By: Howard Rosen, Attorney, © 2021 Donlevy-Rosen & Rosen, P.A. Direct line: 305-459-3289 Anyone in the pest control business (PCB) is aware of the risks and controversies involved in that business. Most commonly, there is always the everyday risk of an employee getting into a serious automobile accident with a company vehicle, particularly since companies […]
All states provide some degree of “asset protection” through their state exemption laws. Such laws shield certain types of assets, such as homestead, wages, annuities, life insurance and retirement funds from creditor claims. This issue of the APN is the second of two parts addressing the most frequent errors people make in attempting to implement asset protection on their own by using (or failing to use) state exemption laws.
All states provide some degree of “asset protection” through state exemption laws which shield certain types of assets, such as homestead, wages, annuities, life insurance and retirement funds (“exempt assets”). This issue of the APN is the first of two parts addressing the most frequent failings of individuals attempting to implement asset protection on their own by using (or failing to properly use) state exemption laws.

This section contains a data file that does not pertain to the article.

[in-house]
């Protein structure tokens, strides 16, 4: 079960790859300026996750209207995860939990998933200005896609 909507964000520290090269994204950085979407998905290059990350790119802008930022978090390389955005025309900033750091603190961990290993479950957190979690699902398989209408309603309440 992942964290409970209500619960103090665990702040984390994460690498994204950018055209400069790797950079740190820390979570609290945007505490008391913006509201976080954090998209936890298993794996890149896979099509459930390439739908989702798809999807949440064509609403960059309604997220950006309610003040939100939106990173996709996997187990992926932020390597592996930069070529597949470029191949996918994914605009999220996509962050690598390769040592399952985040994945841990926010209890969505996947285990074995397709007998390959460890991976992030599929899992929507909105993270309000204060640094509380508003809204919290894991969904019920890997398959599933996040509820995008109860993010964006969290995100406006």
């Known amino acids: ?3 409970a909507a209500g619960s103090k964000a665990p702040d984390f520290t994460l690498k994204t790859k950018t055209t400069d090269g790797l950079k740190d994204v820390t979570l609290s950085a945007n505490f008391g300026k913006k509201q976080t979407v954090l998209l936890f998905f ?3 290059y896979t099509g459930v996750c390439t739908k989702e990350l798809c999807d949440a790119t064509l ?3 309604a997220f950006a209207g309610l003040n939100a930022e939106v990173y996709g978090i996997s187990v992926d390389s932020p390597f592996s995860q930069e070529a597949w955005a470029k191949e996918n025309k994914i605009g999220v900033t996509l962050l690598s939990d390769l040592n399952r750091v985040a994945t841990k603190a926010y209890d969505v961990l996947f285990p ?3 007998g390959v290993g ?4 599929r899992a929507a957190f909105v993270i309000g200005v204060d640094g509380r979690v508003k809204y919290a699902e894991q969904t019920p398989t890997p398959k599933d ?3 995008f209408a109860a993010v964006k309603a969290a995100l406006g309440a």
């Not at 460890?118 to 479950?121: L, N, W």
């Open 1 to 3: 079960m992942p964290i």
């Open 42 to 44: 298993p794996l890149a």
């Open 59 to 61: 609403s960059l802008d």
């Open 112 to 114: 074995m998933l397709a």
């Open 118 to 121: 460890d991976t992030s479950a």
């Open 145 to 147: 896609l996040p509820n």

Do you own real estate? Are you a shareholder in a closely-held corporation or a partner in a partnership that owns real estate? Are you a trustee of a trust that owns real estate? If you answered “yes” to any of these questions, you should read on….
Exemptions are provided by the laws of each state in order to protect specified property interests from being reached by creditors and bankruptcy courts. Each state may adopt its own exemption laws, or may choose to adopt the federal bankruptcy exemptions, or may permit its residents their choice.
During the course of numerous asset protection consultations, we have found that some questions seem to be asked repeatedly. We thought it would prove useful to recount them here, with our responses, for everyone’s benefit.